|Overall Rating||Gold - expired|
|Submission Date||July 30, 2014|
PA-10: Assessing Employee Satisfaction
|1.00 / 1.00||
Office of Sustainability
Has the institution conducted an employee satisfaction and engagement survey or other evaluation that meets the criteria for this credit?:
The percentage of employees (staff and faculty) assessed, directly or by representative sample:
A brief description of the institution’s methodology for evaluating employee satisfaction and engagement:
The last broad employee satisfaction and engagement survey was done in 2010. Random sampling surveying was done in 2013 and will be done in 2014 as part of the university’s application to workplace awards processes. Another university-wide employee survey is scheduled to be conducted in 2015; all results from that survey will be shared with the university’s highest levels of leadership and individual managers with five or more responses from their employees will receive a report and be expected to conduct action planning to identify actionable items that would improve employee satisfaction or engagement in their areas.
In 2013, however, the university participated in several workplace award processes that included a random sampling of employees for an online satisfaction survey. The awards were: Fortune 100 and the Chronicle of Higher Education. In both cases, results were shared with the President, Provost, and their direct reports. Because those surveys were a random sampling only, managers did not receive reports or conduct action planning. The results, though, have been used in strategic planning by the Vice President for Human Resources when identifying programs, services and institutional priorities for Stanford’s workforce.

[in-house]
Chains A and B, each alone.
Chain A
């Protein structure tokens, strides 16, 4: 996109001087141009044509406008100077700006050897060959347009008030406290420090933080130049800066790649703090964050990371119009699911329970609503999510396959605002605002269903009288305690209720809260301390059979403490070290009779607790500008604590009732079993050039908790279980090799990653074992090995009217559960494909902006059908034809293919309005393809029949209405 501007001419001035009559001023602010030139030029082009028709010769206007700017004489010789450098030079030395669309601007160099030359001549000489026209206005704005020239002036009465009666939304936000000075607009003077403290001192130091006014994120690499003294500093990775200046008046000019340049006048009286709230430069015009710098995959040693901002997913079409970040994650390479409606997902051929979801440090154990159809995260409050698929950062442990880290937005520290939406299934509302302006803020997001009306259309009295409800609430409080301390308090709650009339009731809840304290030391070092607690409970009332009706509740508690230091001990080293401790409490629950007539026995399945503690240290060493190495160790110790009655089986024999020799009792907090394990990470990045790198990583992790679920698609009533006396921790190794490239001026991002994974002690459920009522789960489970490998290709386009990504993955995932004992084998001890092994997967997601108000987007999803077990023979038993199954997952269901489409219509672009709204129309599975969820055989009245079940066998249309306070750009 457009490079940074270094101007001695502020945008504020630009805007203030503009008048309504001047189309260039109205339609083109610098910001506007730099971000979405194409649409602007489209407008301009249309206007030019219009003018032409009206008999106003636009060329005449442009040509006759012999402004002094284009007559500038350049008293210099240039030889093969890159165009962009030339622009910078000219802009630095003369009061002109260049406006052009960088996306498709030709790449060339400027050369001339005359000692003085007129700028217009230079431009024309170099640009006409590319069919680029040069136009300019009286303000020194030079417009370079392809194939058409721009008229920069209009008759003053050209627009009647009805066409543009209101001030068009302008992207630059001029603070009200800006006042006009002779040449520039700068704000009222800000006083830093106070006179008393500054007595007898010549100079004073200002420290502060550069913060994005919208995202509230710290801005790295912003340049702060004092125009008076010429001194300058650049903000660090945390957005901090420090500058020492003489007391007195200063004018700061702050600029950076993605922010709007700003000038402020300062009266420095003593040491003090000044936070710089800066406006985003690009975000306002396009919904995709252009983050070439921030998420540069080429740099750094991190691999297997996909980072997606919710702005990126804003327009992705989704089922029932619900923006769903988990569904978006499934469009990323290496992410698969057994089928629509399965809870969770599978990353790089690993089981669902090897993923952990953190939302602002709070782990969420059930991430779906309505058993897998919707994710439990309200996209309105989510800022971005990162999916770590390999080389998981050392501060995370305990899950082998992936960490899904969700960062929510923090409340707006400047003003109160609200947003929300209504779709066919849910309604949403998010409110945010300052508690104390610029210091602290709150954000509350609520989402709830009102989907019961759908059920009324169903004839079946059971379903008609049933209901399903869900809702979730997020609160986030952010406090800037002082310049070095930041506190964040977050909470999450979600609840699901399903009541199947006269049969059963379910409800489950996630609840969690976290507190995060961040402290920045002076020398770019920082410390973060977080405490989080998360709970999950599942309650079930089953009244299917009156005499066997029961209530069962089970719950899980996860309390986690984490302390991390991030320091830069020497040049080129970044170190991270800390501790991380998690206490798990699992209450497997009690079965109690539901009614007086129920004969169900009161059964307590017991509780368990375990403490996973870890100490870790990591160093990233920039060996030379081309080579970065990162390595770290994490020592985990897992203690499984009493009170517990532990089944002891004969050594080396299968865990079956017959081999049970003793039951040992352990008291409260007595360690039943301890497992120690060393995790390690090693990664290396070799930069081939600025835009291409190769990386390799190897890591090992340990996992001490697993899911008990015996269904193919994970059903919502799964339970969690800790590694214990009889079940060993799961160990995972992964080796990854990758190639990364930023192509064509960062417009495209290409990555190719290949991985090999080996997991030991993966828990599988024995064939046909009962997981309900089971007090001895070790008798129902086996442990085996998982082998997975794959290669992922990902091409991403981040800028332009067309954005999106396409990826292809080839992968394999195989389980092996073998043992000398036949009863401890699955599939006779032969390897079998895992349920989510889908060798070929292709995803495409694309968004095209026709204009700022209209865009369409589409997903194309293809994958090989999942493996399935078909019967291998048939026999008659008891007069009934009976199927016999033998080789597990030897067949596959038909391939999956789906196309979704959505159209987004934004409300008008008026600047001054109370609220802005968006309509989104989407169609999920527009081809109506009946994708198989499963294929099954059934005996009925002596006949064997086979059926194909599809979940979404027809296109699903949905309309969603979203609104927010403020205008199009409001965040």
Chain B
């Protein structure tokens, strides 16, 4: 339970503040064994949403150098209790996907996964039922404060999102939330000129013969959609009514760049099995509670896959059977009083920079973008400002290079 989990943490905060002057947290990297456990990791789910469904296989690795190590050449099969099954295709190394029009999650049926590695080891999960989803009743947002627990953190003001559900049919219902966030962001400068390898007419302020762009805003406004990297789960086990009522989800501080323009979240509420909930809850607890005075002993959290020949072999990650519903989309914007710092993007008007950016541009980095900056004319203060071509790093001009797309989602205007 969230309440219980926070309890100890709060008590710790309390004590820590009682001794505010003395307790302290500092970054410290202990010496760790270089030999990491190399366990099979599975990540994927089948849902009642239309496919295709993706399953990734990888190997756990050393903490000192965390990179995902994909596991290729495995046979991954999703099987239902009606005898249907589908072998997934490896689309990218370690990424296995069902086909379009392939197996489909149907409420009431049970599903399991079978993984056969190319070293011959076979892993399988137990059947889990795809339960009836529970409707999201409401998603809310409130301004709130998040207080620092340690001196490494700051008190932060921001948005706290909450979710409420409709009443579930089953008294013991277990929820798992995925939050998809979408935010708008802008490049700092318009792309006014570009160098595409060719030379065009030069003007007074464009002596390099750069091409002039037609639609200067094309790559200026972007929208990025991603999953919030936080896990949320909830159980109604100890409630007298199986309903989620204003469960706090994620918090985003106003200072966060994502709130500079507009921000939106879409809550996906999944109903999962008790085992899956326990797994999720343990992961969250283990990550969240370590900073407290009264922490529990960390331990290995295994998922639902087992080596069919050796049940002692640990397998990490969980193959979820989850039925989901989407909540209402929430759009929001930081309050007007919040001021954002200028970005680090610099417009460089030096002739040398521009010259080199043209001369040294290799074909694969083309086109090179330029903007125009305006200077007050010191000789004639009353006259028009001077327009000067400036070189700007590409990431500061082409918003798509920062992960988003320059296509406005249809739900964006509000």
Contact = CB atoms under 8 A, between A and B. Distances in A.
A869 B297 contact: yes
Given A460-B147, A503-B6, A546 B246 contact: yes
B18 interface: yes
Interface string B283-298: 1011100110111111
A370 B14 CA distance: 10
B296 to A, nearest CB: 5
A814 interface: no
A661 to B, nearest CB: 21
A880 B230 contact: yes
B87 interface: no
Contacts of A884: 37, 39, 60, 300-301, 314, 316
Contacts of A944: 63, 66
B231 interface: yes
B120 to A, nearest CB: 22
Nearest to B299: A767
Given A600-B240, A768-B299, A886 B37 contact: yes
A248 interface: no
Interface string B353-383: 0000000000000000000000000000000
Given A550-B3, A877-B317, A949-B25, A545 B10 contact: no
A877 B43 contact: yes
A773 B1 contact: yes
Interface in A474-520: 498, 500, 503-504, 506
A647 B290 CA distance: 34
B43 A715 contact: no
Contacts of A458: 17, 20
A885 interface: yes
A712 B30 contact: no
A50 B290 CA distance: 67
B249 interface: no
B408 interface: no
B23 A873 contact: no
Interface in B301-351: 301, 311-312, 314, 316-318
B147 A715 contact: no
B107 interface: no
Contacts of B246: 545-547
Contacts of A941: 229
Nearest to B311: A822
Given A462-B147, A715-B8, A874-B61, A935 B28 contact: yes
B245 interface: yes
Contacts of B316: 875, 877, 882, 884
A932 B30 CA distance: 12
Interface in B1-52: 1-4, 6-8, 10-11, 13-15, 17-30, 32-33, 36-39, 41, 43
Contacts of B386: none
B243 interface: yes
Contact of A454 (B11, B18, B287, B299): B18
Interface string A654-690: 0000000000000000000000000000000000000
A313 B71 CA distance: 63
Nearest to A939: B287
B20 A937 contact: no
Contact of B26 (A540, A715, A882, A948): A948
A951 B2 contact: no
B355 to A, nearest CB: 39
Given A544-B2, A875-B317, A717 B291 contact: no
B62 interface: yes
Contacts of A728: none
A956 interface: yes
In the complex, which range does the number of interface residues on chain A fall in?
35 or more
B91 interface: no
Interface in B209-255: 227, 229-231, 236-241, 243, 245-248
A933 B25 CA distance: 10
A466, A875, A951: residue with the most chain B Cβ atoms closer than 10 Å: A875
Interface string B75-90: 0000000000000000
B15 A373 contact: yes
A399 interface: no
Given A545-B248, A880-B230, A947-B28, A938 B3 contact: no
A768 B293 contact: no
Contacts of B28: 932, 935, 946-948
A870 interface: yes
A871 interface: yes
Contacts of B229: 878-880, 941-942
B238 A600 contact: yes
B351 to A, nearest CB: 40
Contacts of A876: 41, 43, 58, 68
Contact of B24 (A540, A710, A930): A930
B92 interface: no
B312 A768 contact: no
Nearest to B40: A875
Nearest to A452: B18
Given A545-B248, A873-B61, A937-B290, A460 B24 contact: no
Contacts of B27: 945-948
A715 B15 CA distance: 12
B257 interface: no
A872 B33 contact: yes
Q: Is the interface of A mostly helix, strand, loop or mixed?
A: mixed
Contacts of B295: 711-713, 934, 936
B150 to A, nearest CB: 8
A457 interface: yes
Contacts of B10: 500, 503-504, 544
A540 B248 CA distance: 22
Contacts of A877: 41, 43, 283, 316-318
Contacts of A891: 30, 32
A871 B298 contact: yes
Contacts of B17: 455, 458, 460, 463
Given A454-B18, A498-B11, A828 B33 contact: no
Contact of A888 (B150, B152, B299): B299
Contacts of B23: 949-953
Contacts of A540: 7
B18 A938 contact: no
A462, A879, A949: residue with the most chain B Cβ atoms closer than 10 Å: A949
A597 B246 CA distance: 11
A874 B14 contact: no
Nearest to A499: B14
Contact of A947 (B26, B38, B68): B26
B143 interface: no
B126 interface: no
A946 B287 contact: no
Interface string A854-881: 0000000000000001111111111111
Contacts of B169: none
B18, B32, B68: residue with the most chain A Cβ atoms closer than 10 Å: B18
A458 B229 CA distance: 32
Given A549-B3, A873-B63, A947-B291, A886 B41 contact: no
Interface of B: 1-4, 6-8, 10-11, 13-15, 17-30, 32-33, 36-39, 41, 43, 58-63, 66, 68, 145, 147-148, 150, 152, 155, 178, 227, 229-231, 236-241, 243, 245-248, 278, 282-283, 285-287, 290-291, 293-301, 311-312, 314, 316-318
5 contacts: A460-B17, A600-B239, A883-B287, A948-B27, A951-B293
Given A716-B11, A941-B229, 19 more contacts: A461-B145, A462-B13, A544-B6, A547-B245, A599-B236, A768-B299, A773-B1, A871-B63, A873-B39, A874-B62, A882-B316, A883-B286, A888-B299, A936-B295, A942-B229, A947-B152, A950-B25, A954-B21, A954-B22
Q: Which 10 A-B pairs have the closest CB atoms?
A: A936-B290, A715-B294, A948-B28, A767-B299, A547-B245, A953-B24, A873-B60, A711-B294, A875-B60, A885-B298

For university-wide surveying, a vendor is hired to customize and administer the survey. Employee email addresses and organization hierarchy (needed for accurate reporting) is given to the vendor to load into their system. Broad communication is conducted from University Human Resources (UHR) to alert employees to the email they should have received that includes a link to the survey. The key point of contact for UHR is each school or unit’s HR manager, who supports the effort with local communication.
Planning is already underway for the 2015 university-wide employee survey, to ensure its success, and starts with a Request for Proposal to qualified vendors, with a Steering Committee evaluating proposals to select the most qualified vendor.
Once the survey period has closed, the vendor generates reports for managers with five or more responses, and for the leaders in each school/unit, and then an aggregate summary of results for university leaders. Debriefings are held with school/unit leaders as well as university leaders. Then, the VP for Human Resources has a separate meeting with university leaders to discuss the results and identify actionable items.
A brief description of the mechanism(s) by which the institution addresses issues raised by the evaluation (including examples from the previous three years):
Depending on the nature of the issue that is raised, various leaders may be involved; for example, the Faculty Affairs office might be involved to address an issue raised by faculty who responded, where University Human Resources would be involved to address an issue for staff.